The government has announced a consultation seeking views on proposals to clarify two aspects of TUPE legislation:

  1. Making it explicit that TUPE does not apply to limb (b) workers and is applicable only to employees.

A first instance employment tribunal decision had created uncertainty as to the scope of application of TUPE to workers. The consultation, therefore, proposes amending the definition of “employee” within TUPE to explicitly state that limb (b) workers do not fall within the scope of protection of TUPE.

  1. Where a business or service transfers to multiple buyers or service providers, TUPE will require that the whole (not part) of an employee’s role transfers to a single employer (rather than having their employment split between multiple buyers or service providers).

The consultation highlights the risks involved when employees are required to work across multiple sites and the complexities related to dividing employees’ terms and conditions among multiple employers. It remains unclear how this proposal would be implemented in practice.

This consultation is open until 11 July 2024.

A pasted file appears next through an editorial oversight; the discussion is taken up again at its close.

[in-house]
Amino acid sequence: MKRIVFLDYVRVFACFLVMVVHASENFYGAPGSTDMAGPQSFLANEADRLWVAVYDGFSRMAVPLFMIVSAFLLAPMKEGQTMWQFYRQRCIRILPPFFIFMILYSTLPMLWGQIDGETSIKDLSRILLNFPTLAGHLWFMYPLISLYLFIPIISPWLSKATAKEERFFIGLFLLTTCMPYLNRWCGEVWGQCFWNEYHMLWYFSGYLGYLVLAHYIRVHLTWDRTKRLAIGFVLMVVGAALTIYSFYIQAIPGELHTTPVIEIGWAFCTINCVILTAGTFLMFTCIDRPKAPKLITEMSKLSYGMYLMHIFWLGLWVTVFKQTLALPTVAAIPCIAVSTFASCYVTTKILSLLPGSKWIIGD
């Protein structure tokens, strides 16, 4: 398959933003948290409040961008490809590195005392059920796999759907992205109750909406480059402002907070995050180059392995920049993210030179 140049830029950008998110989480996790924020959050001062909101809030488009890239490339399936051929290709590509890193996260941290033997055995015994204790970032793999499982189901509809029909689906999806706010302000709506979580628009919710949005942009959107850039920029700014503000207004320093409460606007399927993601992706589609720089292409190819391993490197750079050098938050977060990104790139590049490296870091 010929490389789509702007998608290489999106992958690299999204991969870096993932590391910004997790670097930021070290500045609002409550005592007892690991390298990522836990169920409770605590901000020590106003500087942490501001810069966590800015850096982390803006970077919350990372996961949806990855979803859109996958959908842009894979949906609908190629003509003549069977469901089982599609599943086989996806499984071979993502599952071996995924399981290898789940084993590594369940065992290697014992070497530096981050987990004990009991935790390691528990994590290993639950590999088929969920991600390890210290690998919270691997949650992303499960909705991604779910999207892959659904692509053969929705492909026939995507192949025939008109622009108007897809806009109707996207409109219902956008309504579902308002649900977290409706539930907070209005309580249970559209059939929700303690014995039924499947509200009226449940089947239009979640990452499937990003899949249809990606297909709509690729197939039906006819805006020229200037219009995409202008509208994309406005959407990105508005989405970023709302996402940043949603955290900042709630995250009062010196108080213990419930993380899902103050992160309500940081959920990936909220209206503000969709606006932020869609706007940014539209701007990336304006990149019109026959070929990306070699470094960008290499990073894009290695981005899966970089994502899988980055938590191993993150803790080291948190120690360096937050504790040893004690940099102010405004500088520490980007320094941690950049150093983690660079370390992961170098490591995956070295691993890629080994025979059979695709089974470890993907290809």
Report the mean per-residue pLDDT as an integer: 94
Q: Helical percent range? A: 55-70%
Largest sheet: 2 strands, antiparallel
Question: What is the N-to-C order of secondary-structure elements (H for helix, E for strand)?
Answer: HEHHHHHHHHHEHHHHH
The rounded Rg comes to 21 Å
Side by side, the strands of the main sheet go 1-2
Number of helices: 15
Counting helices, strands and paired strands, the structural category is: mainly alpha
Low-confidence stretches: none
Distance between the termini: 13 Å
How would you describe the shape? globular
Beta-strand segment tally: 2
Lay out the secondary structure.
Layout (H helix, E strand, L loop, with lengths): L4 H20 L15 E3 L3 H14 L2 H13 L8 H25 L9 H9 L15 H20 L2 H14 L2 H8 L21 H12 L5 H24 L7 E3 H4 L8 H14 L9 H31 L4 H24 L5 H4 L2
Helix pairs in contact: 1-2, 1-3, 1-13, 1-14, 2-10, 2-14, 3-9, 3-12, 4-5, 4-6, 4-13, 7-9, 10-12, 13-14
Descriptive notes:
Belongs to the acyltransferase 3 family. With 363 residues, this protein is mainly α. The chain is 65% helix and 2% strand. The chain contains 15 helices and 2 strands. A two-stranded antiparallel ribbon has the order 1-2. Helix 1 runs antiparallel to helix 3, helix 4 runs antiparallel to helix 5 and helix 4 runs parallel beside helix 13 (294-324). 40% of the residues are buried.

Tronc and Tips

Tips are a significant employment benefit, particularly in the hospitality sector, as many employees are on minimum wage, and tips serve as a massive motivating factor, resulting in happier guests and improved service overall.

However, many employers find it challenging to manage and distribute these tips. There are new updates and legislation coming into place regarding tips and the tronc system, and this will require businesses to review their current procedures and ensure fair management of tips within the business. A code of practice on the fair and transparent allocation of tips has now been published and laid before parliament. It is expected to come into force on 1 October 2024.